Amyloid plaque imaging in vivo: current achievement and future prospects

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Abstract

Introduction

Alzheimer's disease (AD) is a very complex neurodegenerative disorder, the exact cause of which is still not known. The major histopathological features, amyloid plaques and neurofibrillary tangles, already described by Alois Alzheimer, have been the focus in research for decades. Despite a probable whole cascade of events in the brain leading to impairment of cognition, amyloid is still the target for diagnosis and treatment.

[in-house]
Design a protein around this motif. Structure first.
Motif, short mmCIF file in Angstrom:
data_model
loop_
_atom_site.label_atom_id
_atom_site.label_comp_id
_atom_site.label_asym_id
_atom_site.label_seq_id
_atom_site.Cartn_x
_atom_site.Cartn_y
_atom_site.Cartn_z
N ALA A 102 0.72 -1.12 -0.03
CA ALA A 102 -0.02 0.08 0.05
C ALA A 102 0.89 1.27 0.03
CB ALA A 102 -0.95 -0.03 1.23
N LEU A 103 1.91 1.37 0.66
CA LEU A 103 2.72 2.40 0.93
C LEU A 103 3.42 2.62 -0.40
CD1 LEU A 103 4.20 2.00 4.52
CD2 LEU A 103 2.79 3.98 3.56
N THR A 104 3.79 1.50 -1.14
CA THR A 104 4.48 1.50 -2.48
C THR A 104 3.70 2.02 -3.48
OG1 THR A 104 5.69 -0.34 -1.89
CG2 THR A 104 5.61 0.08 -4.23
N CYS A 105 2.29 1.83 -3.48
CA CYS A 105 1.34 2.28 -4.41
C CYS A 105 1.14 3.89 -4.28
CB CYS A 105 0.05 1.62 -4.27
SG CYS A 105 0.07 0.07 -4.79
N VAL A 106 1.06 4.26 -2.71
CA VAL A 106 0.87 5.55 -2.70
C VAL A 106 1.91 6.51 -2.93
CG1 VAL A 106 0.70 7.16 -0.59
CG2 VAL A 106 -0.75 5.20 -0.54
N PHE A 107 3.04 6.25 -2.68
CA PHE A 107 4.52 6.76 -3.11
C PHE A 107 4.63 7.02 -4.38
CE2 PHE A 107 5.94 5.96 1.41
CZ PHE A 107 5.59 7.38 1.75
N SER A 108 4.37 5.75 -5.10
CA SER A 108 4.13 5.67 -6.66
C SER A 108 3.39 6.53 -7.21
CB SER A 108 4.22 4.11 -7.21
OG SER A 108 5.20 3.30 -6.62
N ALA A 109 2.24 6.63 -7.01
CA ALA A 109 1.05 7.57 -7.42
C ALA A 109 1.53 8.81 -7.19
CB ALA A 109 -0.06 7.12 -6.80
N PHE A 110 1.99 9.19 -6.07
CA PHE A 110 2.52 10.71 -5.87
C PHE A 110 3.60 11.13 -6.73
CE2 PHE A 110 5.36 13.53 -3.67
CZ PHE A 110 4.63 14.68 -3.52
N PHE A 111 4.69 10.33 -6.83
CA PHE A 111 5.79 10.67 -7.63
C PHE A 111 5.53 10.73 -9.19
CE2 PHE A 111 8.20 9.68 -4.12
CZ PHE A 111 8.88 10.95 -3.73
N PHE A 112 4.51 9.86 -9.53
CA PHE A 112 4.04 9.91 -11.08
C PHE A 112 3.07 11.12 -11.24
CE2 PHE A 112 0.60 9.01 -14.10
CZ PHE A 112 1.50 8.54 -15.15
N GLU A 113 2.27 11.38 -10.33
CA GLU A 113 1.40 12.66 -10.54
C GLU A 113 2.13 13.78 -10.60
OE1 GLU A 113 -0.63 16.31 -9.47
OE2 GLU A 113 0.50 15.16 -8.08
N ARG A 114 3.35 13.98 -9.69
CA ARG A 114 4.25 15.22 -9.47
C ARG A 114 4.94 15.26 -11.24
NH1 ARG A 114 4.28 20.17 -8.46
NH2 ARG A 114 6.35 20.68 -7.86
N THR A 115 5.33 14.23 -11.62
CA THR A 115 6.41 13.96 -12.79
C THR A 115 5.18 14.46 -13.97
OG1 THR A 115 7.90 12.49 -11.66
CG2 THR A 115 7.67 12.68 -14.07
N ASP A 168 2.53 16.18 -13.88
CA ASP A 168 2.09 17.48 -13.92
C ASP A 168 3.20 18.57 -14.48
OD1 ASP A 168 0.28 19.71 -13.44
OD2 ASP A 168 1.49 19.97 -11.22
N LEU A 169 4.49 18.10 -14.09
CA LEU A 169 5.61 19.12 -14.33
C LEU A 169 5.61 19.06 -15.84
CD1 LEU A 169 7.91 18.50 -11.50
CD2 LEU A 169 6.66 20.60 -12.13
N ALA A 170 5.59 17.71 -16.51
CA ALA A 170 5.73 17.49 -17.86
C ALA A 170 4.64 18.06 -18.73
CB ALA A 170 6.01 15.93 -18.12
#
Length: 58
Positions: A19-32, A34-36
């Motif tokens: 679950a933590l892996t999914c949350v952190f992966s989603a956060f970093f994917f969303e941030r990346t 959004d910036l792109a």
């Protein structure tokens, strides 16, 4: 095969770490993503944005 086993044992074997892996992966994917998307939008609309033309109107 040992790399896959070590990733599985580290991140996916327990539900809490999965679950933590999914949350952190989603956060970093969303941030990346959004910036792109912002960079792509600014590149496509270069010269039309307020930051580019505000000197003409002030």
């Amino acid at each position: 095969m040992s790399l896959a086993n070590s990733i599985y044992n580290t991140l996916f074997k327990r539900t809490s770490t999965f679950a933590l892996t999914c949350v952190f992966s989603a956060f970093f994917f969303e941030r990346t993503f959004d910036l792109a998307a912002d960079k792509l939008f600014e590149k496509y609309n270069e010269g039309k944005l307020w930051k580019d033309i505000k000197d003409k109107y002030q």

Discussion

The rapid development of molecular imaging techniques now allows imaging of amyloid plaques in vivo in Alzheimer patients by PET amyloid ligands such as Pittsburgh compound B (PIB). Studies so far have revealed high 11C-PIB retention in brain at prodromal stages of AD and a possibility to discriminate AD from other dementia disorders by 11C-PIB. Ongoing studies are focussing to understand the relationship between brain and CSF amyloid processes and cognitive processes.

Conclusion

In vivo imaging of amyloid will be important for early diagnosis and evaluation of new anti-amyloid therapies in AD.

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